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We’re in the Metaverse! Your Brand Can (and Should) Be, Too

Think marketing in the metaverse is too complex, too expensive, or too risky for your brand team? You may be right. But you shouldn’t necessarily let that stop you.

The fact is, the skillset required to create a presence in the metaverse—the knowledge of blockchain technology, nonfungible tokens (NFTs), cryptocurrency, and application development—is beyond what you’d typically find in the average in-house marketing team.

But your brand can still stake your claim in the metaverse: Introducing AWeb3.

Austin Williams recently opened this virtual outpost at -101, -29 in the Fashion District of Decentraland, joining the handful of top advertising firms that have gotten out ahead of the pack and entered the metaverse.

A proving ground for our digital team to test drive innovative ideas, AWeb3 also will give us the hands-on experience to help brands build their metaverse presence without all the technical complexities, high cost, and risk of doing it on their own.

 

How your brand can enter the metaverse: Some thought-starters

Here are some ideas of what your brand can do to begin to leverage the metaverse’s potential for consumers to connect, communicate, and transact with your brand. We’ve broken our thought-starters down by industry to make it easier to find yours (but feel free to read them all).

  • Higher education: With younger consumers being the first to embrace the metaverse, colleges and universities are keen to follow suit. And well they should be. While hosting virtual classes in the metaverse is likely to become the norm in the future—10 “metaversities” are set to open this fall—for now, most higher ed brands would do well to focus on using the web3 world for information, rather than education.Consider creating virtual meetings for various student groups—where prospects can speak candidly with current students who share their interests, for example, or where fans of your athletic teams can connect with players and each other. “Public” spaces already exist (and students are comfortable using them), so owning a metaverse property isn’t necessary to make these meetings happen.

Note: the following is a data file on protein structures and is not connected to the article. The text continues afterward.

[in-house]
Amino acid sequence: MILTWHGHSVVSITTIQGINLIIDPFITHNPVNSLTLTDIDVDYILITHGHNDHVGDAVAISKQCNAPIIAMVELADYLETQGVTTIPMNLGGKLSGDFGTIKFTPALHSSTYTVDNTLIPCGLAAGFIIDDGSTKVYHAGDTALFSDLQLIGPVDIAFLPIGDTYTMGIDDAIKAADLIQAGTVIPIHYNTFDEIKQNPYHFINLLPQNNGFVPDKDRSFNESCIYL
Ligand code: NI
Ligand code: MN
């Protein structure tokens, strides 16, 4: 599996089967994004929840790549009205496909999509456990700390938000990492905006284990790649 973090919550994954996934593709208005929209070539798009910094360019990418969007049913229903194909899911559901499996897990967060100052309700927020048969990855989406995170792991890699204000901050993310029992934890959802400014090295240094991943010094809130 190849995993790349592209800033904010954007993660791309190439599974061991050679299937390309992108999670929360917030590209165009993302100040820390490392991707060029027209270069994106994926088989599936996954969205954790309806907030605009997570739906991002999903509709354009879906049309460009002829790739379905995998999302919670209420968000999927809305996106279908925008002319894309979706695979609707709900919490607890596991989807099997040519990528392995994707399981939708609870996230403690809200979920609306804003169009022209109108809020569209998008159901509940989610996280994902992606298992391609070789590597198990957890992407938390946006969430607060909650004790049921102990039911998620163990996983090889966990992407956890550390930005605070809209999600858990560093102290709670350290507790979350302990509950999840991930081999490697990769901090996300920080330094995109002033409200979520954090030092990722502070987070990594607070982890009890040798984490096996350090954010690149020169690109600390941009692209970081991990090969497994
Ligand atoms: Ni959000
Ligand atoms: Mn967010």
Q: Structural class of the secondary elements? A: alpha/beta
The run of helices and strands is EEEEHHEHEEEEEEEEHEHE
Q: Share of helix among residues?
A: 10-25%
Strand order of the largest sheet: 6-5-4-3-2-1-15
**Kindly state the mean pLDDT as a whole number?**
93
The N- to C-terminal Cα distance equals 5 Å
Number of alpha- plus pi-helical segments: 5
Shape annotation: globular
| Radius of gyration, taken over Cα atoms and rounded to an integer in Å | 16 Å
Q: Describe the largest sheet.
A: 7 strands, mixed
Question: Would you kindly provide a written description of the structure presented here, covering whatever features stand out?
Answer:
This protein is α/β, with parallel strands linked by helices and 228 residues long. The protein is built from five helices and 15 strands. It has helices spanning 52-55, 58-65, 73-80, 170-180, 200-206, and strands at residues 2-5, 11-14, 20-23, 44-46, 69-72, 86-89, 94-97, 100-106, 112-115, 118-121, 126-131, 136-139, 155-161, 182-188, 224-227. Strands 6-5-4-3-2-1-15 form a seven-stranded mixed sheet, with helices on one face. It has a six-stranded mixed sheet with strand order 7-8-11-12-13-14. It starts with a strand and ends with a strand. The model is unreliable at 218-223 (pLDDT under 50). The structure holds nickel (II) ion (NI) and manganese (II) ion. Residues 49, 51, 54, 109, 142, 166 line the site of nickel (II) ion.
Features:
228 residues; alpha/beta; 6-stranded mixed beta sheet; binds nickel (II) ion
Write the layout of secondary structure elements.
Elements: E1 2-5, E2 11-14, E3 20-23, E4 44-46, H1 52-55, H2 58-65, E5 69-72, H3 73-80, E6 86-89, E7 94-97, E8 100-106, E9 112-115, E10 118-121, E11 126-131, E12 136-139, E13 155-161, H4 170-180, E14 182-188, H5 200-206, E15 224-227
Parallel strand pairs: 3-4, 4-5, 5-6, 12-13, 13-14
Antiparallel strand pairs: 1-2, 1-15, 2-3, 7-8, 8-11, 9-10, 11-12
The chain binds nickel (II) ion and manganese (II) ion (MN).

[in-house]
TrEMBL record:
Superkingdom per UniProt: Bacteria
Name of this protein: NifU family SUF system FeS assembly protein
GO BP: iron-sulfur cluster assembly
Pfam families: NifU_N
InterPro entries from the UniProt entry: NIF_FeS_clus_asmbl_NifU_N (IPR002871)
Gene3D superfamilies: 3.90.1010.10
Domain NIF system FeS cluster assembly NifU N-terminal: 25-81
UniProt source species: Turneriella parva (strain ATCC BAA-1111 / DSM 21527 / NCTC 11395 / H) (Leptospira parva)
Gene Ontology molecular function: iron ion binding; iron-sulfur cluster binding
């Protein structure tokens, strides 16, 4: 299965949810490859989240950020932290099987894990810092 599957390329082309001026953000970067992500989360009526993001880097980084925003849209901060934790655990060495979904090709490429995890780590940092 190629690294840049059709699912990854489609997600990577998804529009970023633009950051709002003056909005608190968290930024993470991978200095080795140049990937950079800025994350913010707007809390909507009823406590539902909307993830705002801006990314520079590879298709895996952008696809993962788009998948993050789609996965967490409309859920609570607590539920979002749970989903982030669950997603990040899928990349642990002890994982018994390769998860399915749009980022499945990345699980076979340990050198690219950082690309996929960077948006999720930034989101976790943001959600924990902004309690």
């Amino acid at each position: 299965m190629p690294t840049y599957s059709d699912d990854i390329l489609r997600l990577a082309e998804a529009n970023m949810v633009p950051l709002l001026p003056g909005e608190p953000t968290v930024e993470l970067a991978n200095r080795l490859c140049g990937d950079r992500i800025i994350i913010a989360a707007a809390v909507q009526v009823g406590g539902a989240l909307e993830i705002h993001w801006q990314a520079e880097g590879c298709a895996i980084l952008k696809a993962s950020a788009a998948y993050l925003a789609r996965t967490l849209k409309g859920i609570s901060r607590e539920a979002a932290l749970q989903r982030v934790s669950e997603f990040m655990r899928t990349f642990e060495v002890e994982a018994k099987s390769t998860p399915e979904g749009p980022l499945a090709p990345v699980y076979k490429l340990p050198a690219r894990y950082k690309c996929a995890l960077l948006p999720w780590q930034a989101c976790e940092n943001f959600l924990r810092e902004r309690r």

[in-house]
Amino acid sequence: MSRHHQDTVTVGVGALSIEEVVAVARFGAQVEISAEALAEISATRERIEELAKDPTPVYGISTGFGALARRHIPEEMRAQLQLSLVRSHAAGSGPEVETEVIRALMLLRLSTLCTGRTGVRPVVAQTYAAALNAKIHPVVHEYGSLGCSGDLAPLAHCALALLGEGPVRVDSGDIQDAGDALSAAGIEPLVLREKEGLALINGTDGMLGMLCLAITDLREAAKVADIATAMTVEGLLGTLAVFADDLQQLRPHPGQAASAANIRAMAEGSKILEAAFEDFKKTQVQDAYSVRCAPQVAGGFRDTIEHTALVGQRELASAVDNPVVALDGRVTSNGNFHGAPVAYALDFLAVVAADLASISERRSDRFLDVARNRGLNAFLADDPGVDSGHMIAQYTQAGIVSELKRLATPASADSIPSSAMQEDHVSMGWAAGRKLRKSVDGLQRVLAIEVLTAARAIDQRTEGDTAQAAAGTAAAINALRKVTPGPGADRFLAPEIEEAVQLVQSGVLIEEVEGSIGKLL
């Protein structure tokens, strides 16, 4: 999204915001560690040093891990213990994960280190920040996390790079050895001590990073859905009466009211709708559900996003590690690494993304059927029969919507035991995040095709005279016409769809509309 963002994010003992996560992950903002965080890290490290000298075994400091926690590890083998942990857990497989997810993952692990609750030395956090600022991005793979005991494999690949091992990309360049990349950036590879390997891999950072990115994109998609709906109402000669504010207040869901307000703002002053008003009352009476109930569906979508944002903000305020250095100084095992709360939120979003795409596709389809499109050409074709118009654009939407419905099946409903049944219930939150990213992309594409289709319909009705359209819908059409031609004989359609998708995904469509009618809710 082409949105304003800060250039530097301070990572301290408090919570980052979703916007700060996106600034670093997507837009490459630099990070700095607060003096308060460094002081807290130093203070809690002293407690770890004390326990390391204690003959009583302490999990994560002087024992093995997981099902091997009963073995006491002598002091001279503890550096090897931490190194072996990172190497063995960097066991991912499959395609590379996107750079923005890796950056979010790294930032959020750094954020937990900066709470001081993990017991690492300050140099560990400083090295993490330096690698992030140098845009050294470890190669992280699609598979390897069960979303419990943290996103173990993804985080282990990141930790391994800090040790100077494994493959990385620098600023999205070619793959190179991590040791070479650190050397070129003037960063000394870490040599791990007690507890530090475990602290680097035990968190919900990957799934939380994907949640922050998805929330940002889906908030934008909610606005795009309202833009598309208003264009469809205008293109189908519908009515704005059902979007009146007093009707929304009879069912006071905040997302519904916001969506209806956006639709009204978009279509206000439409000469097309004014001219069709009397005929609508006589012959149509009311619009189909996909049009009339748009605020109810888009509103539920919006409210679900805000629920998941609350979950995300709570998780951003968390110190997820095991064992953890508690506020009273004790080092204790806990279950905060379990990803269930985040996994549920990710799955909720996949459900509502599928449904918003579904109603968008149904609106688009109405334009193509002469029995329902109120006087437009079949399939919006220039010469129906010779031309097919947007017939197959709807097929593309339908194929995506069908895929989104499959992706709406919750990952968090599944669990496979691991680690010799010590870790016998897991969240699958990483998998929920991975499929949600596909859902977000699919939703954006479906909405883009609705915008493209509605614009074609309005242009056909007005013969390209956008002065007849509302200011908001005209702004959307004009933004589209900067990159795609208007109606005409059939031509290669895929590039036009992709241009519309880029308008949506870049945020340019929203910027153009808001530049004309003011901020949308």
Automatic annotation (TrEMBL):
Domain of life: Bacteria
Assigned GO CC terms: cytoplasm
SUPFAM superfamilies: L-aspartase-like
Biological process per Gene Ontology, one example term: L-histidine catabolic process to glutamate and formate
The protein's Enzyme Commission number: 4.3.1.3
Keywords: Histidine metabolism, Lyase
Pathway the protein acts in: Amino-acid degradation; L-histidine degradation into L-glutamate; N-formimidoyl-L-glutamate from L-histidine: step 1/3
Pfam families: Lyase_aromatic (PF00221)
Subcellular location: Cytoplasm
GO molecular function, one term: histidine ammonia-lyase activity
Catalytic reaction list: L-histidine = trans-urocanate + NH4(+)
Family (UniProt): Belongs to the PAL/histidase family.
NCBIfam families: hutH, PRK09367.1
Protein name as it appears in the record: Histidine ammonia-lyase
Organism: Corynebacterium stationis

Or better yet, create a virtual space your school can own. Open a campus or admissions “office” in the metaverse to host open houses for student prospects—or even just an information booth, where they can browse through course catalogs or download brochures.

  • Healthcare: While most colleges are moving slowly into the metaverse, it’s already poised to transform healthcare delivery, according to Forbes. Patients became comfortable with its telepresence technology—aka telemedicine—during the pandemic. Today, 95 percent of healthcare facilities offer telemedicine options to their patients.If your brand is one of them, you can enhance patients’ telemedicine experience—and potentially expand your practice footprint—with a virtual reality (VR) platform in the metaverse. Using its tell-tale headsets, VR delivers a next-level immersive experience, conveying a far greater sense of “being there” than other virtual environments, such as websites, messaging apps, or social media.

    Another potential application for VR is in behavioral health. Already used by psychologists and psychiatrists in aversion therapy, VR environments can be personalized to individual patients, so they can interact with situations that cause them anxiety in safe environments where every aspect of the interaction can be closely monitored and controlled. Pediatric care is another great fit (for the same reasons noted in the higher ed section above).

  • Financial services: But a lack of security and data control make the metaverse a more cautious fit for banks and credit unions. While you don’t want accountholders sharing their personal information there just yet, you can set up shop to offer financial literacy and wellness programming—and be in the web3 world when the required security protocols are, too.What (or who) could you have there now? A bot. Essentially a virtual robot (think video game character), a branded bot can answer common questions—such as “what’s your current mortgage rate?” or “how far is the closest ATM or branch?”—directly when your (real) staff isn’t around. Or the bot can serve as a conduit to other channels, referring them to a page on your website, a phone number to call, or even a (live) person during business hours.

Whether it’s a bot, a booth—or something bigger—the time for your brand to plan your metaverse strategy is now. Need help getting started? Contact us.

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